modern symbol of today’s firefighters has come down through the ages
to us from the Knights of the Crusades. The history of fighting fire,
and the honor with which those warriors of long ago fought, is the basis
for the code and emblem displayed by today's fire service.
During the 11th century,
an order of monks dedicated to St. John the Baptist, was founded in
Jerusalem. The monks, who called themselves the brothers of St. John, or
Hospitalers, were a charitable, non-military organization that existed
to help the sick and poor by setting up hospices and hospitals. They
ministered to any Christian, Jewish, or Muslim visitor to the Holy Land.
As the wars began for
control of the Holy Land, they assisted the Knights of the Crusades
through their goodwill, and finally through military assistance,
becoming the Knights of St. John. These knights were to become greatly
respected and admired for their willingness to risk their own lives to
The enemy in this war was
the Saracens who invented a new weapon to use on the field of battle,
unfamiliar to European strategy. They threw glass bombs containing
naphtha that broke and showered the Crusaders with flammable liquid.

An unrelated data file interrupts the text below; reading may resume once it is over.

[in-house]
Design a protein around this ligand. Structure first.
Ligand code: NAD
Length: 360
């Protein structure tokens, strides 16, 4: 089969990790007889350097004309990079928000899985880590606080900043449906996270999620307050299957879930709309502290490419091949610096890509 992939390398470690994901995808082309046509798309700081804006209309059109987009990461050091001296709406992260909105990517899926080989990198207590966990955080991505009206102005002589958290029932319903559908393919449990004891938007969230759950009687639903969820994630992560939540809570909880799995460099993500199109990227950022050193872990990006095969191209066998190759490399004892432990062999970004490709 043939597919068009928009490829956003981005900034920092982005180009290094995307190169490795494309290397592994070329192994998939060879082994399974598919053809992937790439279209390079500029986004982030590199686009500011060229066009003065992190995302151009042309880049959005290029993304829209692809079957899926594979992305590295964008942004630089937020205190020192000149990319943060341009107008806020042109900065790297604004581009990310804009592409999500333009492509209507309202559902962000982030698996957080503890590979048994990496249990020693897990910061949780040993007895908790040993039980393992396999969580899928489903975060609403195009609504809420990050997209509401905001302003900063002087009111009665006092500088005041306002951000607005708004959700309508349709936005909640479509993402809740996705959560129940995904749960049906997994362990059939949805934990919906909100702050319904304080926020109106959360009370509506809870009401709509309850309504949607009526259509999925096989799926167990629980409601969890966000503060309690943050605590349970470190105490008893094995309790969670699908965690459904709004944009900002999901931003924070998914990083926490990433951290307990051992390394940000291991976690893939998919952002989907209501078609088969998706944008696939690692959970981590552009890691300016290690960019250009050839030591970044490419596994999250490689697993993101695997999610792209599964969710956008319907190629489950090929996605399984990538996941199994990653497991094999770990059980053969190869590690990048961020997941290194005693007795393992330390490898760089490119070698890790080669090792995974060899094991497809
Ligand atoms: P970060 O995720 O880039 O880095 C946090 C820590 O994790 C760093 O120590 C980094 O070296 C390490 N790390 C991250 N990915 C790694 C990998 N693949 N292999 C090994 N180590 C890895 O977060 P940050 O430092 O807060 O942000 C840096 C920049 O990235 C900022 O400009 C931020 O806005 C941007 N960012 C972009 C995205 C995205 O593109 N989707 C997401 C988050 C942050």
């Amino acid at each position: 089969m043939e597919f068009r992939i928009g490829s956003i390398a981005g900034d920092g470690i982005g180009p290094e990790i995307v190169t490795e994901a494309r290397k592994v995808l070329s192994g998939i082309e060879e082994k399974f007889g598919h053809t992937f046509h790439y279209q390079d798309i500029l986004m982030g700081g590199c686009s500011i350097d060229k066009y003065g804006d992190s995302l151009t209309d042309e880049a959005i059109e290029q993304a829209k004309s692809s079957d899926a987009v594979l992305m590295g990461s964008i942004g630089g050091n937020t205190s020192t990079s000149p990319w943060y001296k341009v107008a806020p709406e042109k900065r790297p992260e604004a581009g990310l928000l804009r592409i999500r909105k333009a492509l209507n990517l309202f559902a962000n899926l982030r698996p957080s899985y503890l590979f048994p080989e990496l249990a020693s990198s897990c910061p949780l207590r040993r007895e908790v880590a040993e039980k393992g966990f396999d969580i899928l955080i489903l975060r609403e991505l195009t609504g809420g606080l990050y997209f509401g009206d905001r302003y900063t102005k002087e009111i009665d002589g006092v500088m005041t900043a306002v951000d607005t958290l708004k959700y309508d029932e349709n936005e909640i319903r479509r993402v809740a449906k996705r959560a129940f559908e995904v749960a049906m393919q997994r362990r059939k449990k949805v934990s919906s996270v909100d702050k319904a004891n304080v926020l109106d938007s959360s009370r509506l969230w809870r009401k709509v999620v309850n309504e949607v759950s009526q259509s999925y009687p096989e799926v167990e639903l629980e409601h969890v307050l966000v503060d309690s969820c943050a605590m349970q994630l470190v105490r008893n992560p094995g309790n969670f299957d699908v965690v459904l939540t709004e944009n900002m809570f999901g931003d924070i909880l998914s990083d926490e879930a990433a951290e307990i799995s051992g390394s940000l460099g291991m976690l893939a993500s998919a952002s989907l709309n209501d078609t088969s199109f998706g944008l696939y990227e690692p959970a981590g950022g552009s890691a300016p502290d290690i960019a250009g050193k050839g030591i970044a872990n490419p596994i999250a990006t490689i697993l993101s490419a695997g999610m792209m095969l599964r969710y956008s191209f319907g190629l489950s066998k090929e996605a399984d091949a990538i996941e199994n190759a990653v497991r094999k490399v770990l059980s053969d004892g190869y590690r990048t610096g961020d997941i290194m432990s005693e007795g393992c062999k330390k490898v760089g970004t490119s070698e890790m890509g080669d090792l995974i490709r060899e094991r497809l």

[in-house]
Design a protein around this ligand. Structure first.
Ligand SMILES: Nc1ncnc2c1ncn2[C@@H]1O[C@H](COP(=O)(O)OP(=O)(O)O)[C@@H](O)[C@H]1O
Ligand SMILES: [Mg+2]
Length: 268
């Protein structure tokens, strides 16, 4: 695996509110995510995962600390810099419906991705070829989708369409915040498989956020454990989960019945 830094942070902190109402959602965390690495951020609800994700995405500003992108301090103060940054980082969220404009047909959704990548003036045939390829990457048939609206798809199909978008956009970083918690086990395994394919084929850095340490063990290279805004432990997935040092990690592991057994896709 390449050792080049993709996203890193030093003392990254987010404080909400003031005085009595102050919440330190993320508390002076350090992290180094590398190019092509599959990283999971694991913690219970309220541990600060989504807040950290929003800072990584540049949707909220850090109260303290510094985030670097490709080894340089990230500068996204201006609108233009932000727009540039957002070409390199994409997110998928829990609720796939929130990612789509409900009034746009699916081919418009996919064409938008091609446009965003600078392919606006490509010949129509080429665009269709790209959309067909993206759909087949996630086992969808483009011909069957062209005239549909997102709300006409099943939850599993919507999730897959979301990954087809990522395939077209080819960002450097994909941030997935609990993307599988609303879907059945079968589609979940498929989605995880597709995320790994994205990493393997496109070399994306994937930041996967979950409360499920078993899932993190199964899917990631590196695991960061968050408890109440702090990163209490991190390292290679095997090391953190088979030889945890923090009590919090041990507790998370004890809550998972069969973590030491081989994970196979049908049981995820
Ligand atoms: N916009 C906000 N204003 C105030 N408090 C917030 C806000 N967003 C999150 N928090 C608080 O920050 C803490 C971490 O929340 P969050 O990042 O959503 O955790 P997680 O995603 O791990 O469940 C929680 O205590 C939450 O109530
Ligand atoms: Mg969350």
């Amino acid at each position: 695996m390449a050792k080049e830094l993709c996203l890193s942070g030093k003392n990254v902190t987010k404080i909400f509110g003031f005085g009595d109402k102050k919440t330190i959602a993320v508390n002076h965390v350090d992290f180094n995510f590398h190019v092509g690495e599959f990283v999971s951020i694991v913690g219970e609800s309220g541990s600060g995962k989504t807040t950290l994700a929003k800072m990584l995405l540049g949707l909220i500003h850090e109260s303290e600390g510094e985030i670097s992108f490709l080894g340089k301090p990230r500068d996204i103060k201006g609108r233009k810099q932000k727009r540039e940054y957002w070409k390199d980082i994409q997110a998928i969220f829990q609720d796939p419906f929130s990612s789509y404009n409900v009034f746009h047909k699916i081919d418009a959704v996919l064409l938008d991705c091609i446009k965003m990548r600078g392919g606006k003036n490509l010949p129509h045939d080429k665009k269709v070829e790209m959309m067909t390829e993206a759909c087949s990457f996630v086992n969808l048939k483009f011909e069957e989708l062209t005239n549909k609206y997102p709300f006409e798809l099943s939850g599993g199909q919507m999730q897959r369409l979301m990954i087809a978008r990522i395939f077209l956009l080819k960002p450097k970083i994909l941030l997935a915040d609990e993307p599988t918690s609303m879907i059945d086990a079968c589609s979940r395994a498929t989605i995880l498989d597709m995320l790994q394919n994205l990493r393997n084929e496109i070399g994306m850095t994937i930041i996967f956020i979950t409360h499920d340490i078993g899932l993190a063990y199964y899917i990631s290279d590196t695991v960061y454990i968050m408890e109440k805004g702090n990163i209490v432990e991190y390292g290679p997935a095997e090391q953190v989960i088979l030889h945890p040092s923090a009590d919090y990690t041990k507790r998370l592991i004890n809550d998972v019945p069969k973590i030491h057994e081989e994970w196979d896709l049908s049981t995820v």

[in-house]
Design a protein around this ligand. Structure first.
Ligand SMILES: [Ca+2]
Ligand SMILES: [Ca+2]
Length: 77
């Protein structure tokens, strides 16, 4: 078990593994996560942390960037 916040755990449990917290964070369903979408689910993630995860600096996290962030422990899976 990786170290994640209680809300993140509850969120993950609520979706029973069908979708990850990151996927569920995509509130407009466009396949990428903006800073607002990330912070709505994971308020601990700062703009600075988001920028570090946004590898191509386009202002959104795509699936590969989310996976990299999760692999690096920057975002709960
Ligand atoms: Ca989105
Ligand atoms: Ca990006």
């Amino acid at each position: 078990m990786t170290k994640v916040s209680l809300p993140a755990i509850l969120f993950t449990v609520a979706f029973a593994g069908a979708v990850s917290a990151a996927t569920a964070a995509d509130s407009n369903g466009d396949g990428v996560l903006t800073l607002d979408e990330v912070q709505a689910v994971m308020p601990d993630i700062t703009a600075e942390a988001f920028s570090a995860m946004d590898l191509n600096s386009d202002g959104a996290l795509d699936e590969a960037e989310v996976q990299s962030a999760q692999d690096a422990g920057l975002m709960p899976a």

Then the Saracens lobbed trees that had been set afire down on the
drenched warriors. Needless to say, the result was a terrible, fiery
death filled with agony. The Saracens also used this tactic on water as
they sailed their vessels containing naphtha, rosin, sulfur, and flaming
oil into the vessels of the Crusaders.
The Knights of St. John
soon became known for risking their lives to rescue their comrades and
extinguish the fires. But there was a problem -- in the heat of battle,
and completely encased in body and facial armor for protection, the
warriors could not see well enough to distinguish friend from foe. To
solve the problem, an identifying emblem, a stylized Cross of Calvary,
was created for the warriors to wear over their armor. This mantle, worn
as a red surcoat with a white cross, identified their allegiance and
showed that they fought for a holy cause.
Later, when the order
moved to the Island of Malta and became known as the Knights of Malta,
they continued to use their symbol, which then became known as the Maltese